25th February 2023 - seventy-five years since the communist takeover of Czechoslovakia
25. 2. 2023 / Jan Čulík
In 1939, the German army marched into Bohemia and the Czech state ceased to exist. In 1945, Russian troops marched into Bohemia and the country was once again called an independent republic. The people were delighted with Russia, which had driven the Germans out of the country, and because they saw the Czech Communist Party as its loyal arm, they transferred their sympathy to it. Thus it was that the Communists seized power in February 1948, not by blood and violence, but to the cheers of about one half of the nation. Now pay attention: the half that cheered was the more active, smarter and better half.
Yes, argue all you want, the communists were smarter. They had a generous program. A plan for a whole new world in which everyone would find their place. Those who opposed them had no grand dream, but only a few moral principles, worn and dull, from which they wanted to sew patches on the torn trousers of conditions as they were. No wonder, then, that the enthusiastic and generous ones quickly began to realize their dream, that just idyll for all.
I emphasize again: an idyll and for all, for all men have always longed for that idyll, for that garden in which the nightingales sing, for that territory of harmony where the world does not strive against man and man against other men, where, on the contrary, the world and all men are made of one single substance, and the fire that burns in heaven is the same that burns in men's souls. Everyone is a note in Bach's beautiful fugue, and those who do not want to be a note remain a black dot, useless and devoid of meaning, which can only be caught and squashed between the fingernails like a flea.
At the very beginning, some people admitted that they had no nature for idyll and wanted to leave the country. But since the essence of the idyll is that it is a world for all, those who wanted to emigrate proved themselves deniers of the idyll and had to go behind bars instead of abroad. Soon thousands and tens of thousands more followed them there, and eventually many Communists, such as Foreign Minister Clementis, who once lent Gottwald his hat. On movie posters, illicit lovers held hands, marital infidelity was harshly punished in the courts of honor of citizens, nightingales sang, and Clementis's body swayed like a bell ringing the new dawn of humanity.
And then those young, clever and radical people suddenly had the strange feeling that they had sent an act into the world and it had taken on a life of its own, ceasing to resemble their ideas and heedless of those who had given it birth. So those young and clever people began to shout at their act, to call it out, to admonish it, to chase it, to persecute it. If I were writing a novel about a generation of those gifted and radical people, I would call it The Pursuit of a Lost Action.
The Book of Laughter and Forgetting, 68 Publishers, Toronto, 1981, pp. 14-15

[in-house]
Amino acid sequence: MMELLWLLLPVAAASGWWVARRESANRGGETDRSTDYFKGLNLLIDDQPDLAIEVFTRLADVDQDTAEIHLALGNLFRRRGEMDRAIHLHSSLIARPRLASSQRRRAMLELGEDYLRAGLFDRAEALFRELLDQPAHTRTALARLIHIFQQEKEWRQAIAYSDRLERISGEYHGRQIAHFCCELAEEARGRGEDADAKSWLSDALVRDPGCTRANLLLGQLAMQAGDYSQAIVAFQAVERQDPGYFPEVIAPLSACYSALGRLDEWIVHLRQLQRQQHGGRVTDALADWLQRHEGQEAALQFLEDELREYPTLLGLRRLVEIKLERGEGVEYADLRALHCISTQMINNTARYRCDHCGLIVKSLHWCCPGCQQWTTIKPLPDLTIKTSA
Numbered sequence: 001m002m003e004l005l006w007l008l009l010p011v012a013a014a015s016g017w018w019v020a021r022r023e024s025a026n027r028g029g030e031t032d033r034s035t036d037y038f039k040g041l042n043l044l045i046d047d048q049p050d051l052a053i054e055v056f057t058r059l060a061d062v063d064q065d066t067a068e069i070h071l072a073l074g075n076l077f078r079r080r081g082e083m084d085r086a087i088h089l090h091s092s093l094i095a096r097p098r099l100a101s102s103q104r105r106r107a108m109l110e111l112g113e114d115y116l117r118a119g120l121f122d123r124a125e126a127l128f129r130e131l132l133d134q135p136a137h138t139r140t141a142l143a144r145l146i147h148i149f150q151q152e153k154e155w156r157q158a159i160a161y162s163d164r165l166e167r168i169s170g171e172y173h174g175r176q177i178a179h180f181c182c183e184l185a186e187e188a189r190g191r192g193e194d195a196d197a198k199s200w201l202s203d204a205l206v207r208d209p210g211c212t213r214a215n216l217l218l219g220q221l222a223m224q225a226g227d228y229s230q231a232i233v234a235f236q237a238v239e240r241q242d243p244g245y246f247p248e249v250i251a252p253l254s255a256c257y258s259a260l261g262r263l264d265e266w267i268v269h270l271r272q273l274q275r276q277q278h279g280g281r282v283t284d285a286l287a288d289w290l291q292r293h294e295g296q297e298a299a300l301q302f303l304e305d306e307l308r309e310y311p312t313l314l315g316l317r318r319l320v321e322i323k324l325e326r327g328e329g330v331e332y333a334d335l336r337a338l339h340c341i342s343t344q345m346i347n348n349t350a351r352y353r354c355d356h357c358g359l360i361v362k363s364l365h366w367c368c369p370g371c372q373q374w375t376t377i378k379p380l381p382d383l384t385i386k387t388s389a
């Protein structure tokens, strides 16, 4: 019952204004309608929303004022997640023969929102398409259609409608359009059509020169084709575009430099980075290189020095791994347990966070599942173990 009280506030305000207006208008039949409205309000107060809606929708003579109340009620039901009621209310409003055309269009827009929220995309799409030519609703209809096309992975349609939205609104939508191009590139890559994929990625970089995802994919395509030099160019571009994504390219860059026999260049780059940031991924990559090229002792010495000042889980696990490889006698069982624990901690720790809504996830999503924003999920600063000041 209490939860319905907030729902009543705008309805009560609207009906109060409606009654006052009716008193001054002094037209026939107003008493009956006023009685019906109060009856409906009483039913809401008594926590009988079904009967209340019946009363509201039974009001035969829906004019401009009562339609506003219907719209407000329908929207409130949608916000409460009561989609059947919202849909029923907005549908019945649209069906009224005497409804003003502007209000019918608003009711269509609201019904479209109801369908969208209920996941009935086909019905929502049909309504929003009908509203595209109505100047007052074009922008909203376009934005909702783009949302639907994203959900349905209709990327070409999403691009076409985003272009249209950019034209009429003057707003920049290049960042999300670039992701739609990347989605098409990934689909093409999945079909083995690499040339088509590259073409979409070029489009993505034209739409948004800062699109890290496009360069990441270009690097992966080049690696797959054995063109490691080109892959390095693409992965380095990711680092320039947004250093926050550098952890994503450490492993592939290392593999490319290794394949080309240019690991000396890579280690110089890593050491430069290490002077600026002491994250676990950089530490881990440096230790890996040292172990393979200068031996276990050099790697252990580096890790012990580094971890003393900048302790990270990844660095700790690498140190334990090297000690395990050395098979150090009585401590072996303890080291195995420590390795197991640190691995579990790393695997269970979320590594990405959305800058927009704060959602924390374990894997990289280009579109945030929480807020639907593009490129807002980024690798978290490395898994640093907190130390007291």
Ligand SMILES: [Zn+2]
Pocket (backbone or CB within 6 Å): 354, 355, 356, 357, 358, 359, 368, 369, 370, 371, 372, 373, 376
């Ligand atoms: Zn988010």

So much Milan Kundera on today's seventy-fifth anniversary of the Communist takeover in Czechoslovakia. You can see from this that he was extremely traumatized for most of his life by the fact that he supported the Stalinist communist regime in the 1950s "out of his own stupidity," as he repeatedly indirectly writes of himself. Throughout his literary works, he then developed the theory that the human brain is absolutely imperfect, we fall prey to simplification and misinterpretation, and we can never properly understand what goes on the world and act effectively. While there may be something to this theory to some extent (note that no political party in any country in the world, when it comes to power, ever manages fully to implement its electoral program and always ends up in electoral disfavor after a few years) it unfortunately leads to passivity and inaction. If we are so stupid by nature that we do not understand anything, there is no point in doing anything.
And yet - Kundera at least wrote a whole series of novels that (at least for a short time) - reached the whole world.
But what interests me about this quote from The Book of Laughter and Forgetting is something else.
Contemporary anticommunists will use today's seventy-fifth anniversary of the communist takeover in Czechoslovakia to repeat their unconvincing mantra: the claim that the righteous Czech nation was a victim of colonization by a cruel Eastern empire, and that communism was imposed on Czechoslovakia from the outside: "We suffered," "The nation was a victim," and "It was a disaster from the outside" that the Czech world suffered.
I don't know. It may be the anniversary today, but I'm afraid that we "members of the older generation, and also the younger ideologues are still going on about something that the younger generation is not interested in. We are like the proverbial grandfather who kept boring his grandchildren with stories about the horrors of the First World War.
But what interests me is what the communist legacy means for today. And - yes, I confess that I am still affected (traumatised?) by the shocking discovery I made as a teenager in the early 1970s that a nation that was enthusiastically pro-democracy in 1968 had, in just eighteen months, completely turned around and begun - perhaps not enthusiastically, but certainly assiduously - to collaborate en masse with the post-invasion powers.
You can, of course, say What could those people have done? The second thing is - and this is something that young people today in the age of the internet and social media will not be able to understand - that in the seventies it was impossible to make contact with other people. There was no internet, and I felt a huge frustration as a teenager that I couldn't get together and connect with anyone. I had a few friends at school and in my study group, but there was no way to communicate further.
But still: criminal oppression in the fifties was something people did voluntarily. No one had to become criminal judges, jailers and executioners.